zoom sur une grappe de raisins de vin Syrah

Case study: grape harvest bio-protection – Syrah red wine

Grape harvest bio-protection on red wine making process


We had mentioned in one of our recent articles that grape harvest bio-protection [ read “Harvest bio-protection: state of play in 2023” ] is a key issue in the winegrowing world.

But how can it be applied in practice? What are the processes, and what conclusions can we draw? 

At SITEVI 2021, the Institut Rhodanien presented the results of an experiment seeking to define the limits of bio-protection on a red wine process.


A reminder of grape harvest bio-protection

A major issue in sustainable development, bio-protection helps winegrowers adopt processes that have less impact on the planet and people, and produce healthier, sulphite-free wines. Bio-protection encompasses microbiological processes which can be used to substitute SO2 during the pre-fermentation phase.


About the experiment and the procedure

The aim of the experiment, conducted on a harvest of Syrah grapes, was to identify the possible limits of bio-protection in the event bacterial spoilage in the must and high-risk winemaking practices (at the pre-fermentation maceration stage).

Good to know

The control samples were an untreated wine (no SO2, no bio-protection) and a wine with 3g/hl added sulphite at vatting stage.

After harvesting, the grapes were crushed and destemmed. At this stage, 10,000 cells of spoilage yeast/ml were added and left overnight. The spoilage yeasts added were Brettanomyces and Hanseniaspora, the most commonly found on grapes. The next morning, SO2 or bio-protection yeasts were added to the vats: pre-fermentation maceration began, at 12°C, for 3 days, with daily punching of the cap. This was followed by yeasting with saccharomyces cerevisiae. The experiment then consisted of monitoring the 16 vats during alcoholic fermentation.


cuves de vin fermentation alcoolique


Monitoring and development of spoilage

On the first day of pre-fermentation maceration, the musts were highly contaminated, with a concentration of acetic bacteria, positive yeasts and spoilage yeasts in excess of 10^5 per ml. Will bio-protection really succeed in doing anything? That's the big question at this stage.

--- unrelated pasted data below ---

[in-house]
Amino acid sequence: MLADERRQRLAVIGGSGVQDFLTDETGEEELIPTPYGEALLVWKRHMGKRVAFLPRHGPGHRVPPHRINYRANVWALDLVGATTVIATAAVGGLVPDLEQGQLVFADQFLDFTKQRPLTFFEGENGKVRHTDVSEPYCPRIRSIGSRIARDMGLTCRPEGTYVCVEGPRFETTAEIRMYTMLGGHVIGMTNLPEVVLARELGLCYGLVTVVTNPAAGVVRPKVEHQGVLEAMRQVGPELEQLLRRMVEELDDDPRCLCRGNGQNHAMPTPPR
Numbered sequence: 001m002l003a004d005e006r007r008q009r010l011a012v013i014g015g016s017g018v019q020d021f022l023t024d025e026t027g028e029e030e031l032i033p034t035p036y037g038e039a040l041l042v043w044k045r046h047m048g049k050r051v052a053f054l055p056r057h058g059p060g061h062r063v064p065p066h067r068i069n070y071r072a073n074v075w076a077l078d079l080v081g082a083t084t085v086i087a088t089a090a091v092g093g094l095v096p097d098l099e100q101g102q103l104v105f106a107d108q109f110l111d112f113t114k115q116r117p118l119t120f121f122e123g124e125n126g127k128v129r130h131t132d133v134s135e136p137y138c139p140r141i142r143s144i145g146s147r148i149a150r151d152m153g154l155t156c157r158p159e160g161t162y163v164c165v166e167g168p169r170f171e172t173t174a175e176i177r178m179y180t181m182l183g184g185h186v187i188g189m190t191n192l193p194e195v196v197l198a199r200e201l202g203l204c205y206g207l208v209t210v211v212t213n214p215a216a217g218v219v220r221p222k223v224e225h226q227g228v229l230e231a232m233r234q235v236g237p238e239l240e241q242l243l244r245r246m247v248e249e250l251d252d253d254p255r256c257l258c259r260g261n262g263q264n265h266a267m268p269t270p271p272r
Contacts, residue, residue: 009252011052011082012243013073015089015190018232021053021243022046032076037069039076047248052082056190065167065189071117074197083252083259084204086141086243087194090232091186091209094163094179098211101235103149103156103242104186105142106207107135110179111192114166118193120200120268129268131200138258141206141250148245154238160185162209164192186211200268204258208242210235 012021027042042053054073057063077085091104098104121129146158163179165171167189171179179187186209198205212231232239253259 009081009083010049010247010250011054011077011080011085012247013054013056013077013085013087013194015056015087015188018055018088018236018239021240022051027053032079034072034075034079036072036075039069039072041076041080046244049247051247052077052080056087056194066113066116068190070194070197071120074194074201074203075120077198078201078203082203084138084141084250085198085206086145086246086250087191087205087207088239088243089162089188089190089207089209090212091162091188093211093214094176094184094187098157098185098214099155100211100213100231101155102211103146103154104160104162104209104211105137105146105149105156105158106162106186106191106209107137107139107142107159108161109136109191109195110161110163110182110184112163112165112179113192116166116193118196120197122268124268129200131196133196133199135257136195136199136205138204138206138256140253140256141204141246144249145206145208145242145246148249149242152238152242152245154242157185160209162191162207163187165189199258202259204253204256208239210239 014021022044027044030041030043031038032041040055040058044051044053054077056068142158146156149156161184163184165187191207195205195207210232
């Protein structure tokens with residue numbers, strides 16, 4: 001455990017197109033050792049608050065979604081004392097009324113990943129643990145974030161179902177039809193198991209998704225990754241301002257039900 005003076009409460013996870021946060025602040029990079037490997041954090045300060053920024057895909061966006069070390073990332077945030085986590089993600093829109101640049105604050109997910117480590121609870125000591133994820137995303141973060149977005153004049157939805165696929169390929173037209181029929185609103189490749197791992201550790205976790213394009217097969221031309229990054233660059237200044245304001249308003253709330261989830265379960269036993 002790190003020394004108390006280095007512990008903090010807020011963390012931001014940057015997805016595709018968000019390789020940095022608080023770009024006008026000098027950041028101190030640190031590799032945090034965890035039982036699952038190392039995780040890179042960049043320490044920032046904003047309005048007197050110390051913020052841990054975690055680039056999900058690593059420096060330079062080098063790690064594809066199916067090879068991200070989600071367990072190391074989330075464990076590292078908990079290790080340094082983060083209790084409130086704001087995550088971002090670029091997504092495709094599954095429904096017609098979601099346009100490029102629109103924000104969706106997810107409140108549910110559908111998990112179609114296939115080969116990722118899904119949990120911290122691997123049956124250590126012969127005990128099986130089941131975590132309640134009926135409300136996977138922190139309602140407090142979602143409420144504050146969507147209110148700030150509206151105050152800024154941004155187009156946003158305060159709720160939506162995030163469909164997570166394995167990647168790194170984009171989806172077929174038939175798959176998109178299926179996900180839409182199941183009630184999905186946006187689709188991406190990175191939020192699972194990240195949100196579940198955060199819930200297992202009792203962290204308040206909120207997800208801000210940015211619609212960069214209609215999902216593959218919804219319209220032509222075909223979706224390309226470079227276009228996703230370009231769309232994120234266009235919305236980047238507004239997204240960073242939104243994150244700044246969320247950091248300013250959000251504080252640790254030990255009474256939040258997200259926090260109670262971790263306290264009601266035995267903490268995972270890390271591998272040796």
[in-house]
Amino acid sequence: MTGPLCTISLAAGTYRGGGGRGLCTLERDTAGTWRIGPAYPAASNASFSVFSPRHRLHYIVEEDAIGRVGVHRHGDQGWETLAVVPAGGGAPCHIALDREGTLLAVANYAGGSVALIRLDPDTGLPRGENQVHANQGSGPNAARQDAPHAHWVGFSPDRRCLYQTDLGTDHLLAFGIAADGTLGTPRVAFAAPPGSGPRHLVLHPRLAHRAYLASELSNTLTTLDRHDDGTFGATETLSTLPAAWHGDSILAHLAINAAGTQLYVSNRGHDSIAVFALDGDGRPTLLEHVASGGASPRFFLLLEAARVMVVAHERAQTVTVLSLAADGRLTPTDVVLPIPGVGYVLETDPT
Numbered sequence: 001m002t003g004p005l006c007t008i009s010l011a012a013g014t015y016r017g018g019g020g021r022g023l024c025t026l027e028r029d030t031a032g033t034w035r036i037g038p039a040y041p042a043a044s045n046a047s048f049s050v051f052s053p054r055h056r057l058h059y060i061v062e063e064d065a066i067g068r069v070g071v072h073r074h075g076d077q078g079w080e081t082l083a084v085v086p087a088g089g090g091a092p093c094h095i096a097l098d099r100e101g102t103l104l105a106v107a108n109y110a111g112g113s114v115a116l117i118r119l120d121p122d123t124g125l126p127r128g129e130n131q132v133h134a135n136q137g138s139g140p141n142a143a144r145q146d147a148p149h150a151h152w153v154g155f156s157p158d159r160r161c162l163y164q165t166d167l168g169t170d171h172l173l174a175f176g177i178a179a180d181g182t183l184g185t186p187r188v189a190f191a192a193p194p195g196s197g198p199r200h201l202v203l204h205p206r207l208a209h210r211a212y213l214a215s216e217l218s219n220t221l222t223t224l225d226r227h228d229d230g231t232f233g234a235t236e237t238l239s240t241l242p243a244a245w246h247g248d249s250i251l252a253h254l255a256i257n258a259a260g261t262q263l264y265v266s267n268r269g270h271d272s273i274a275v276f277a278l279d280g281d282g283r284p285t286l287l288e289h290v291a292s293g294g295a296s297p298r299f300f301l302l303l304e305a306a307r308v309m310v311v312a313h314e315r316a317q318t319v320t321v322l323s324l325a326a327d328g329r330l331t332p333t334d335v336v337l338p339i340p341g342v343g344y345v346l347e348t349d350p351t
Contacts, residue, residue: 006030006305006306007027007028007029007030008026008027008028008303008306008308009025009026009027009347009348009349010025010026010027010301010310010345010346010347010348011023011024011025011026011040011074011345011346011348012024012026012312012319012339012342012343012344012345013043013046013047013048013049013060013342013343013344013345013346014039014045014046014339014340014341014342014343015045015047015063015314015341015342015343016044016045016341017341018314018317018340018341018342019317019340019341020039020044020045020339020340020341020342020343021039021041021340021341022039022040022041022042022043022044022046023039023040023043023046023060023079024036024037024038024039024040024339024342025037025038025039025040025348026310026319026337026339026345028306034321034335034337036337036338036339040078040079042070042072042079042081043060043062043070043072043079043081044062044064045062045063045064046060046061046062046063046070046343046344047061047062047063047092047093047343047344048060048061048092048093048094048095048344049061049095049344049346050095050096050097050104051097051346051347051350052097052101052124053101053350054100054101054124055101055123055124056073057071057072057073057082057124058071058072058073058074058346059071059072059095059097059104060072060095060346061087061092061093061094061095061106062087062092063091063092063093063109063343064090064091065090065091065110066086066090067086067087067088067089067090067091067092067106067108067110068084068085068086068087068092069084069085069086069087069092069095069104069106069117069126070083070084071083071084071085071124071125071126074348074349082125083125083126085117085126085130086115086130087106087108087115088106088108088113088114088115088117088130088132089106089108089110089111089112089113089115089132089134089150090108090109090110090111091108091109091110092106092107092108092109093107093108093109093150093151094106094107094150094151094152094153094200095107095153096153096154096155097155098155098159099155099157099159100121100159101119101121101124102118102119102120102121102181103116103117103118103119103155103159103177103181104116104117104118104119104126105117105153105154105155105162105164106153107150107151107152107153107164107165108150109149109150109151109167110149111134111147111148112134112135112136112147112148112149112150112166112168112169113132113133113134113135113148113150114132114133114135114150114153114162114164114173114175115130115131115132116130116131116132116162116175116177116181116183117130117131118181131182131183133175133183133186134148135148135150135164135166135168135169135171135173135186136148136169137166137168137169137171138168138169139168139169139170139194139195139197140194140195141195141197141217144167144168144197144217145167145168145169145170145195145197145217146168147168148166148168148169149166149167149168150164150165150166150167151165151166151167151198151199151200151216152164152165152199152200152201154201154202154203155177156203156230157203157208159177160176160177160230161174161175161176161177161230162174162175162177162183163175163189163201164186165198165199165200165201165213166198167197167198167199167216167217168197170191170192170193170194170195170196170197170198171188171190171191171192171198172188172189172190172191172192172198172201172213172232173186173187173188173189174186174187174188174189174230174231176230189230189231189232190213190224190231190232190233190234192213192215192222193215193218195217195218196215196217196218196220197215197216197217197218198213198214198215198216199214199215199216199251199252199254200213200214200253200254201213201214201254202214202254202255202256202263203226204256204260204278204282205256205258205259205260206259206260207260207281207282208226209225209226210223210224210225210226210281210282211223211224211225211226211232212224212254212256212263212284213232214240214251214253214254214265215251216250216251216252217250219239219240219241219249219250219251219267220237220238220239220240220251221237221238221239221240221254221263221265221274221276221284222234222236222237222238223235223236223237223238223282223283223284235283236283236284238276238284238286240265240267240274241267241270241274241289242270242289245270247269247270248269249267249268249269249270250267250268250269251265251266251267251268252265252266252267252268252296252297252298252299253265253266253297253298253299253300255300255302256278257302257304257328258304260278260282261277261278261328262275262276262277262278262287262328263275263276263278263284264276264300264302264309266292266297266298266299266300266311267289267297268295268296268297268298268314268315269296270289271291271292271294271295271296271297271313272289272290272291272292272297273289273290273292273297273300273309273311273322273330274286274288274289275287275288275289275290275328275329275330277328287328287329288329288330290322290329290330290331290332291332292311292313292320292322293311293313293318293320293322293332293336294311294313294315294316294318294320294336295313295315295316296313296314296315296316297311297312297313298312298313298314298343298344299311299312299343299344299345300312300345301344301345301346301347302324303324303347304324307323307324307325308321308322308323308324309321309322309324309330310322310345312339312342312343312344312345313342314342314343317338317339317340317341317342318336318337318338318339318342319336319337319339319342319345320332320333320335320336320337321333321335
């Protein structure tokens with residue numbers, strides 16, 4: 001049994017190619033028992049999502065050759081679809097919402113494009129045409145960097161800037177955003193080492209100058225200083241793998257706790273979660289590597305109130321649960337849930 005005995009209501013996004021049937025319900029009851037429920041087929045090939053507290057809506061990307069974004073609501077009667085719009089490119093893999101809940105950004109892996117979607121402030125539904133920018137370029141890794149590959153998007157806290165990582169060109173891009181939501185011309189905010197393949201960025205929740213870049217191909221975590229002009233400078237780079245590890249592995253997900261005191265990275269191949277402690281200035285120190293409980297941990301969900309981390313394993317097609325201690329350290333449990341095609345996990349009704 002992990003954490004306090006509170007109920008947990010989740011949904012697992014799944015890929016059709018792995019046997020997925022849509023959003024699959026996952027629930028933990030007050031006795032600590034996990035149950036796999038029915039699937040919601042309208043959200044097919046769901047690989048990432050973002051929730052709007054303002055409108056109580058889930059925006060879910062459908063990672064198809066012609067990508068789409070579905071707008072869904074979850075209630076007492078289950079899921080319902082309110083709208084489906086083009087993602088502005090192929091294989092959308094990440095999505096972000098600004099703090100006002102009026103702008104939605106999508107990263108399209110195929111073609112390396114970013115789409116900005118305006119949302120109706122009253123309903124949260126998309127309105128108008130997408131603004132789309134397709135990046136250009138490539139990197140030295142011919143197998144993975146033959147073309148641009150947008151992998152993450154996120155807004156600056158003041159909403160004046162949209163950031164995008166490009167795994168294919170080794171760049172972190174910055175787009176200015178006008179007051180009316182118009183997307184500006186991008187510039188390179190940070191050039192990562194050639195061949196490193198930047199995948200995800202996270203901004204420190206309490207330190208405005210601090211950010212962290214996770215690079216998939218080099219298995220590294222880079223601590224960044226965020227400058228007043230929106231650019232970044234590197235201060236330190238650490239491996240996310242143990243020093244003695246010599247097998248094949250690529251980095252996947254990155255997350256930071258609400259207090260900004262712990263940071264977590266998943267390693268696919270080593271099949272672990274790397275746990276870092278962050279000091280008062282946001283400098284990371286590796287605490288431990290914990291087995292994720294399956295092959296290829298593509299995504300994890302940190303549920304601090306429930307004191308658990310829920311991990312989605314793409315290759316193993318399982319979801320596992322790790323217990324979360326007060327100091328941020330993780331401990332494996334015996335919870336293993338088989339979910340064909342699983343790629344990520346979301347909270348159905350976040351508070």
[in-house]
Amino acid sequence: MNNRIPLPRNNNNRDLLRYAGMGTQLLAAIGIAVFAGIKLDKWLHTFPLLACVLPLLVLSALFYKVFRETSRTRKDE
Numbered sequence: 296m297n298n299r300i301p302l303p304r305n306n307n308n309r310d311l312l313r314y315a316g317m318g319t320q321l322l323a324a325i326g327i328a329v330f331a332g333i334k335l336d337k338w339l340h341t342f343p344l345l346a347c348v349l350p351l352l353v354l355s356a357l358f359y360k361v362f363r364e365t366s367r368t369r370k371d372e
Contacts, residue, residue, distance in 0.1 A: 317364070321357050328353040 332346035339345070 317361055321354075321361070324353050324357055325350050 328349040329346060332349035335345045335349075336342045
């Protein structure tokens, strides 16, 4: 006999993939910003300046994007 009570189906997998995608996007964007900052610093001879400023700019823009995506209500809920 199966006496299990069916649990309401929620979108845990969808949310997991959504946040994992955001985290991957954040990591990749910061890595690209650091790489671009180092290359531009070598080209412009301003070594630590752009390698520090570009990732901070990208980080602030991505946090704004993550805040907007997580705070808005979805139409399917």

In the middle of alcoholic fermentation, there were still just as many acetic bacteria and there was a marked increase in positive yeasts and spoilage yeasts.

At the end of the process, there was very little difference between all the vats. Whether it had been given added sulphite or not, the wine contained acetic bacteria and spoilage yeasts. In all cases, the wine was unmarketable, as it contained high levels of acetic acid and volatile phenols.

The aim of the experiment was to identify the limits of bio-protection, and these were indeed identified! By going this far in the experiment, we can clearly assert that bio-protection does not work miracles on spoilt grapes.


Conclusion of the experiment on the red wine process 

Bio-protection is an interesting alternative to SO2 and offers another way of working, but it is only effective under certain conditions. All the same, it requires a microbiological pre-diagnosis before harvesting to help make the best decision. It should be noted that although it is considered a key lever in SO2-free winemaking, it cannot be used in isolation.

This project enabled us to gain a better understanding of the mechanisms involved and is contributing to the development of new processes to combat wine spoilage in the long term. This is another subject that will be central to the next edition of SITEVI in 2023 !

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